6. Are there two or three forgotten mystery writers you'd like to see in print again?

Thanks to Hard Case and Stark House, a lot of my old faves are being brought back. Dolores Hitchens and Margaret Millar are certainly two I’d like to see in print again. Stark House will be doing a pair of Millars later this year. Hitchens’ two private eye novels are knock-outs, especially Sleep With Slander.


7. Tell us about selling your first novel. Most writers never forget that moment.

I’d never been able to finish a novel until I met Max Allan Collins. I wouldn’t have been able to finish my first novel Rough Cut without his encouragement and advice. I mean that literally. We sent it to his agent, who is now my agent, but who passed on it because: “The most psychotic character in the novel is the narrator.” I then sent it to another agent who held it for several months. Whenever I’d contact him he’d say, “You write an awful lot like Dick Francis and I really don’t like Dick Francis.” I took it back and sent it to St. Martin’ where an assistant editor, now the enormously successful agent Brian DeFiore, picked it out of slush, liked it and embarked on a three-month battle to get it approved by committee. He called with the good word. Caorl and I stayed high for a week.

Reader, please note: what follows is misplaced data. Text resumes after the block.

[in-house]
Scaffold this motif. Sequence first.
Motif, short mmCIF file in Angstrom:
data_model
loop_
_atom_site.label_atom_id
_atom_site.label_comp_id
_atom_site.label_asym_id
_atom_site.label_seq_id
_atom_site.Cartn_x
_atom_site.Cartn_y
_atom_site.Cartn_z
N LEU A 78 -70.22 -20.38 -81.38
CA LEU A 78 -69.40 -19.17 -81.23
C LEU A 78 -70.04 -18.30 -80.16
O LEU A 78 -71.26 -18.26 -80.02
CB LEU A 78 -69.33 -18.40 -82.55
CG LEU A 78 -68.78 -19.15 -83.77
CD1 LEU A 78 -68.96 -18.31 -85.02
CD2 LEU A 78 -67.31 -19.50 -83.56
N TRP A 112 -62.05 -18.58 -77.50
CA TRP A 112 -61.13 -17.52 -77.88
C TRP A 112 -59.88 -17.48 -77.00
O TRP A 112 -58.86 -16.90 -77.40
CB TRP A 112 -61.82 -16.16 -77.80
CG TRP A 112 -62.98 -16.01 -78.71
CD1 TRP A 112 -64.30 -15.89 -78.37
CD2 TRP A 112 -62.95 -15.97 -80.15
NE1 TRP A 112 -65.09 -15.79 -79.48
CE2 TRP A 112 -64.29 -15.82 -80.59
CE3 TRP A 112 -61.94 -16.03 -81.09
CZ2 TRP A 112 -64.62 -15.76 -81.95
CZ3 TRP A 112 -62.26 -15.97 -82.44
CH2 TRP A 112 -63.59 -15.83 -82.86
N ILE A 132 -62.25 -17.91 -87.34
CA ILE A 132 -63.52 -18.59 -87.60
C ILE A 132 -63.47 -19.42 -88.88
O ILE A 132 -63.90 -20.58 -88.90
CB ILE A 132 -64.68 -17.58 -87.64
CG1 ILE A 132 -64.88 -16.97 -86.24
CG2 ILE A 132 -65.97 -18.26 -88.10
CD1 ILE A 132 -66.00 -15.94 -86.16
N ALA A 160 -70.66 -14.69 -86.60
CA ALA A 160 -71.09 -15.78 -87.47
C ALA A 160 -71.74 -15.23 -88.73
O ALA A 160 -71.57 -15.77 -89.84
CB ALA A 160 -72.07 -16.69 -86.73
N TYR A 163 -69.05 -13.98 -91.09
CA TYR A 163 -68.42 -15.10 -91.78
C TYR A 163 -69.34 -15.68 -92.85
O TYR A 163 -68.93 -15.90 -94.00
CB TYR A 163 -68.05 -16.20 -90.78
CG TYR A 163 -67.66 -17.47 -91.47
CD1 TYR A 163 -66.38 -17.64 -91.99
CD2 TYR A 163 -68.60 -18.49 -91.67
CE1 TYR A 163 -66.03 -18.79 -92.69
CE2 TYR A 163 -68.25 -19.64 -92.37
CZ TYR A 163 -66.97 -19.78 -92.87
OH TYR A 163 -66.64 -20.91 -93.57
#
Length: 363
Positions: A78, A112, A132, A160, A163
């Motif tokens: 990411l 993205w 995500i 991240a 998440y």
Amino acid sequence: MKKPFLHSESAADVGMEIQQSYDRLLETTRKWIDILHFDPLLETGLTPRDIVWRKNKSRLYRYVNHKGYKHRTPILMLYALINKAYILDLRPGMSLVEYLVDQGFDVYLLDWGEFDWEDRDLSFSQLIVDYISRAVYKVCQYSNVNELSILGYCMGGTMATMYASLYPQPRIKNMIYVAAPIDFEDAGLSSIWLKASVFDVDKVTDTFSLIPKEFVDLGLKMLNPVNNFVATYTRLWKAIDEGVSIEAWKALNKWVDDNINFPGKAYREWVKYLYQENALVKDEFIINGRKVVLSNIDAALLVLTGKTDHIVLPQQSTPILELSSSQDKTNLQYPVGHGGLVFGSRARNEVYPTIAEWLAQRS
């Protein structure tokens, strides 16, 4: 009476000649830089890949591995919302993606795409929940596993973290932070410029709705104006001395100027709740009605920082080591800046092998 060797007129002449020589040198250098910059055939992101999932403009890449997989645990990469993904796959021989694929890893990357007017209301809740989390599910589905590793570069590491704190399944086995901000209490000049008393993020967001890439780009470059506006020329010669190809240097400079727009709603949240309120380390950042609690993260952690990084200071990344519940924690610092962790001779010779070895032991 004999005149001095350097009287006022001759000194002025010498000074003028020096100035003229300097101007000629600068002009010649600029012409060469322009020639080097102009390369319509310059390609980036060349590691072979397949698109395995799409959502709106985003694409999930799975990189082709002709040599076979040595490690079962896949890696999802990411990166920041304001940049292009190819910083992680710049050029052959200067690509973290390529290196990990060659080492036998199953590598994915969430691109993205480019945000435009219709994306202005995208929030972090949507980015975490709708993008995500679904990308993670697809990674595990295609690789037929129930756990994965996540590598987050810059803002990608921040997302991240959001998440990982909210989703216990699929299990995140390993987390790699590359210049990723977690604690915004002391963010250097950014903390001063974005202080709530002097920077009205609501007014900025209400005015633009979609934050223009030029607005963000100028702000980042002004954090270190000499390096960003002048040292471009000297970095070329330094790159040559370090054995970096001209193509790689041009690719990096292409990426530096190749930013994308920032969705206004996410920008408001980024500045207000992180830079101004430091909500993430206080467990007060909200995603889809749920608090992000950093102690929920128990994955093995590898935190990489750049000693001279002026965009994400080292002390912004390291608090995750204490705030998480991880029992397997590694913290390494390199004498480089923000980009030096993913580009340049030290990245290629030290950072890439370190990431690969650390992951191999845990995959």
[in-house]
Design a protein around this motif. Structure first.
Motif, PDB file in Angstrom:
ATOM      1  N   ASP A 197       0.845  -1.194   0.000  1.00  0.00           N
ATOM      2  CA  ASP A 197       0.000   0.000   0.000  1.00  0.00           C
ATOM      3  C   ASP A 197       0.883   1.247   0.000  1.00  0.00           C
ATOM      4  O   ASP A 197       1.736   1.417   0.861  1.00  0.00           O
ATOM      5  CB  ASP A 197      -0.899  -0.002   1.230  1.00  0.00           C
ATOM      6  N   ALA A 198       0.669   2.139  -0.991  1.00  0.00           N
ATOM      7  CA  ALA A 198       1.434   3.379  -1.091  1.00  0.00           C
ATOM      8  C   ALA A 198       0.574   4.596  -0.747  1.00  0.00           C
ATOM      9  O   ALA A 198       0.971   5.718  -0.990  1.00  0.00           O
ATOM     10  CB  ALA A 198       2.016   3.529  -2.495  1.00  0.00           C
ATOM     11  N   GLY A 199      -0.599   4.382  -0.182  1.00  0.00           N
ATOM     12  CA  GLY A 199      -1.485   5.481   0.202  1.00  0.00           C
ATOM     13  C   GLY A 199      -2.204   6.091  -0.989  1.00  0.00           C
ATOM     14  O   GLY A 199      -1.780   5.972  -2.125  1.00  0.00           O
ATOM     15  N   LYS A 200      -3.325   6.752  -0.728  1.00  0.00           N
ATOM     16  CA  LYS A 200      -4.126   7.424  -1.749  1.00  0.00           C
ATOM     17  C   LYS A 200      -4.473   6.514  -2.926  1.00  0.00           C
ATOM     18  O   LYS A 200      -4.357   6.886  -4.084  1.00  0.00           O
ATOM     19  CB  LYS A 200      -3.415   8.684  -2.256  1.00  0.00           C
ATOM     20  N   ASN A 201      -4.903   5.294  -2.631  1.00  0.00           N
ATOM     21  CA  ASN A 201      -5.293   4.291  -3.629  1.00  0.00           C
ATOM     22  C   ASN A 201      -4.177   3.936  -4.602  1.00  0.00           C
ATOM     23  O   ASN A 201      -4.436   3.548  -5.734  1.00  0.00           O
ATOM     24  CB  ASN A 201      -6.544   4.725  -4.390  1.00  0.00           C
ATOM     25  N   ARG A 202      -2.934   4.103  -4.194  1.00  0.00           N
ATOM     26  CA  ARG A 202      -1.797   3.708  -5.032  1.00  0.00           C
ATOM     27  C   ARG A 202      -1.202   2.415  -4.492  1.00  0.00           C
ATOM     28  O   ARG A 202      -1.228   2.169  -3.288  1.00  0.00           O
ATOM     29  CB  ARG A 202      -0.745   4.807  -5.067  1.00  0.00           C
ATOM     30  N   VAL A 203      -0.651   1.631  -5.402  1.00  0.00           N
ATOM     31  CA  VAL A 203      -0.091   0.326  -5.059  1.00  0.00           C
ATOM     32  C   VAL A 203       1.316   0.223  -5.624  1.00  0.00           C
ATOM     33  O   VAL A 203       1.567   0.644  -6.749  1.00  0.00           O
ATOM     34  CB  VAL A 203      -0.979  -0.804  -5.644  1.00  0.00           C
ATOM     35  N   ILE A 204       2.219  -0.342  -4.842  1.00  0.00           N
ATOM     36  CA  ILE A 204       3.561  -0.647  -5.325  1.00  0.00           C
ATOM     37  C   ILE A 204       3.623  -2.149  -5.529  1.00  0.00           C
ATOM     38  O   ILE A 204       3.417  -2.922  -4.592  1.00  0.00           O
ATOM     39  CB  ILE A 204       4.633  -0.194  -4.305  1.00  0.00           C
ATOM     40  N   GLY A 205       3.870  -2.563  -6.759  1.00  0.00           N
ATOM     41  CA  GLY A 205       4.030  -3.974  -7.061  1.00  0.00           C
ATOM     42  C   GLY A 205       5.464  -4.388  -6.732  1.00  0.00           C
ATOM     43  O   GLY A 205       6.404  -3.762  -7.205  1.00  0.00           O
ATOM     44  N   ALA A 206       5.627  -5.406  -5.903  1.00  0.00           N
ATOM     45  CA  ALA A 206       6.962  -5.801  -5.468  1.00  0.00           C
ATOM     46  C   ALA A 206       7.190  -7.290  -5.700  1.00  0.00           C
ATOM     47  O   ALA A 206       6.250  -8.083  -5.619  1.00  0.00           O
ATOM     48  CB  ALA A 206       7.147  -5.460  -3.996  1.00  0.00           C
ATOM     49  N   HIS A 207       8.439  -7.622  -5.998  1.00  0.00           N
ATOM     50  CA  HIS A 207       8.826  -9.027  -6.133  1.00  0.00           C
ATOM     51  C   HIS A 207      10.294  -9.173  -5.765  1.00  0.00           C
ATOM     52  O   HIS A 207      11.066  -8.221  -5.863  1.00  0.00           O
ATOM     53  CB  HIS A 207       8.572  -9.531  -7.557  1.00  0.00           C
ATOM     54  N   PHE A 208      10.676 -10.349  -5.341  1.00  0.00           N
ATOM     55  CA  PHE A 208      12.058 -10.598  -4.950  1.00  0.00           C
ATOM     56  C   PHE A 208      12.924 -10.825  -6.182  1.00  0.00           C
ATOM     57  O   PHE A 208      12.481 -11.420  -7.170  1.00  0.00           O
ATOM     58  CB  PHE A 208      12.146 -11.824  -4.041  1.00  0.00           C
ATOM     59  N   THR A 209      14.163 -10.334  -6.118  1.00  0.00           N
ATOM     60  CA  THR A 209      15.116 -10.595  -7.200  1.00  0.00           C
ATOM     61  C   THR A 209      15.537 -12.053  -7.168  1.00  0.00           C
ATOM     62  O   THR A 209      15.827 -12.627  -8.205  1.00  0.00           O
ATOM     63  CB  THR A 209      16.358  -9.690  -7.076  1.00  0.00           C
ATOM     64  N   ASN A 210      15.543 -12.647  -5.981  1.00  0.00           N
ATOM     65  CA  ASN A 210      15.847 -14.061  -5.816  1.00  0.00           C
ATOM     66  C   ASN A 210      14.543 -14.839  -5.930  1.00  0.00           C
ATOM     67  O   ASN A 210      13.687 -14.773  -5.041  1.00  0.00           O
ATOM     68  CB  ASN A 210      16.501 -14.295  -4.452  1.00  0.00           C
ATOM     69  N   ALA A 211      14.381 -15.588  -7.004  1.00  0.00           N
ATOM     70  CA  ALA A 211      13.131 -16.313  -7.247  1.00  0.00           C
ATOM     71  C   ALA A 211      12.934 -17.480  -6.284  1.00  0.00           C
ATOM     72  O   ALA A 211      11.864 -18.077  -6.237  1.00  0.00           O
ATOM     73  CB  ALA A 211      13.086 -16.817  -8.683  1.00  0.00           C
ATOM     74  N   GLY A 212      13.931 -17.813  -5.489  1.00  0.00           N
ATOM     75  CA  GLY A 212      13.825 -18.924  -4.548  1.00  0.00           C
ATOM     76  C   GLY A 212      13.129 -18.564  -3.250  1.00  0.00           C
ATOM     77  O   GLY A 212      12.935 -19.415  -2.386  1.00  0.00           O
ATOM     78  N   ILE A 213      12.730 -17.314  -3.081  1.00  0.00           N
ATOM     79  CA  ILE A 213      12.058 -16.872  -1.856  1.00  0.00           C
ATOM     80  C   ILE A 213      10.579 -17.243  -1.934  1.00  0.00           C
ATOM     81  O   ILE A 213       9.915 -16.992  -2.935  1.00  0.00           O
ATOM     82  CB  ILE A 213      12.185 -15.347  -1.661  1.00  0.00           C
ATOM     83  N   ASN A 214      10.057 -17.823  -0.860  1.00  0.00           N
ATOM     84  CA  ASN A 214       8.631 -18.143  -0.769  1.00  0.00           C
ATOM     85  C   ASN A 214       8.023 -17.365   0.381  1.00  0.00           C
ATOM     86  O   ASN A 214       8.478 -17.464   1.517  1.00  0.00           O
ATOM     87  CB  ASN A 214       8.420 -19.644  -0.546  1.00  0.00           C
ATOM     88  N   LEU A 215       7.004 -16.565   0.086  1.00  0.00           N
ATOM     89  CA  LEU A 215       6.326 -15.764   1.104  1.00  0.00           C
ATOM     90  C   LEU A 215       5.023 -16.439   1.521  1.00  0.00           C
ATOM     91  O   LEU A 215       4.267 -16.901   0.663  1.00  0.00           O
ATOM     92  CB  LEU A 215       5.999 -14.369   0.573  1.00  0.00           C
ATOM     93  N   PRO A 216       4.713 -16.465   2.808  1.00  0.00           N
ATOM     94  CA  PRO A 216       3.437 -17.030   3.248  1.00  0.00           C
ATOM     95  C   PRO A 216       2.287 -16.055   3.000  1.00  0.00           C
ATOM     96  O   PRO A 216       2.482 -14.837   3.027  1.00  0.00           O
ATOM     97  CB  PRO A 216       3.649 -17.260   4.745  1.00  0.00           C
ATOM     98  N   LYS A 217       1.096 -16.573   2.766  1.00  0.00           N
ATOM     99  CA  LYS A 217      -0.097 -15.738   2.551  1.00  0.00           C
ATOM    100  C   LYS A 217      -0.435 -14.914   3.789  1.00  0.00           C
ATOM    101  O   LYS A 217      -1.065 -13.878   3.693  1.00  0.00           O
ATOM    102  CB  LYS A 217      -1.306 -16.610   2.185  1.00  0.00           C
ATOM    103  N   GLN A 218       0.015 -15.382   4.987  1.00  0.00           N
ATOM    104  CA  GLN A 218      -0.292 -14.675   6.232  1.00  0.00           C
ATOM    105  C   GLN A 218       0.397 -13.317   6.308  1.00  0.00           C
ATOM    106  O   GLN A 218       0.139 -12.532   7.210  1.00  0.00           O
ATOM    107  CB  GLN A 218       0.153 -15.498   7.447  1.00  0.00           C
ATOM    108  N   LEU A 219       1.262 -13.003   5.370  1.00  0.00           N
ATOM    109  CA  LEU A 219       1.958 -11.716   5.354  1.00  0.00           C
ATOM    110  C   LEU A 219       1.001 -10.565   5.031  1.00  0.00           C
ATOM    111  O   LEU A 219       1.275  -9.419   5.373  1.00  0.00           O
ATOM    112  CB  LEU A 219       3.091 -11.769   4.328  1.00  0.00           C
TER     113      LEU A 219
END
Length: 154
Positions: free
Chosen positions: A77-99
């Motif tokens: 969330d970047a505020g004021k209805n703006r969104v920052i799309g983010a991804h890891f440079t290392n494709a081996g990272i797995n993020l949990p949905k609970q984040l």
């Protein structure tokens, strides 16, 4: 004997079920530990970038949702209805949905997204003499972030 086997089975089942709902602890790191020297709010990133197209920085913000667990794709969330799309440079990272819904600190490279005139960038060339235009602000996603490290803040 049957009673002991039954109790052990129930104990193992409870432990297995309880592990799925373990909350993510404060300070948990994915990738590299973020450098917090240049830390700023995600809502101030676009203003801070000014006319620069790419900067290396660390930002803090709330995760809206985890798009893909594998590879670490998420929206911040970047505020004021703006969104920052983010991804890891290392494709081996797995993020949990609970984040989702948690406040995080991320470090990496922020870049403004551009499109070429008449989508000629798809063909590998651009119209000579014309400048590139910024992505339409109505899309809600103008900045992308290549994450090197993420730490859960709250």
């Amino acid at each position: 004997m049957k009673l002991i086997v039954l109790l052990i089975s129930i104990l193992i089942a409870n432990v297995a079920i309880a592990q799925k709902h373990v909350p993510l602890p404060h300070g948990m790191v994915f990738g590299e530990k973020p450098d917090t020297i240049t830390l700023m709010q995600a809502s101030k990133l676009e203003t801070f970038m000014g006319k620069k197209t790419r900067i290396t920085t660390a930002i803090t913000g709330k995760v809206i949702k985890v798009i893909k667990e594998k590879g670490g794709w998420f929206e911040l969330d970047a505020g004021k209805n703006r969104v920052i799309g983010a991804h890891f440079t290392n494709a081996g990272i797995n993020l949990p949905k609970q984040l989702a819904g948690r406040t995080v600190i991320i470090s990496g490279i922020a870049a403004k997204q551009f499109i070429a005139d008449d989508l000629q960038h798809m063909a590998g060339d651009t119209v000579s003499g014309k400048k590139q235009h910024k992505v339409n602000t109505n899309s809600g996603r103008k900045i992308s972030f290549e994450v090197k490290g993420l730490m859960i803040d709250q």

Sunday, April 02, 2006

The Crimes of Jordan Wise

(Pre-Review Pub date July 2006

The Crimes of Jordan Wise
by Bill Pronzini
Walker & Company $24

Actuary Jordan Wise tells a joke on himself a third of the way through the novel: (paraphrase) an actuary is somebody who doesn't have the personality to be an accountant.

If you watch many true crime shows, you see a lot of Jordan Wises. People who fall into crime through circumstance rather than those who go looking for it.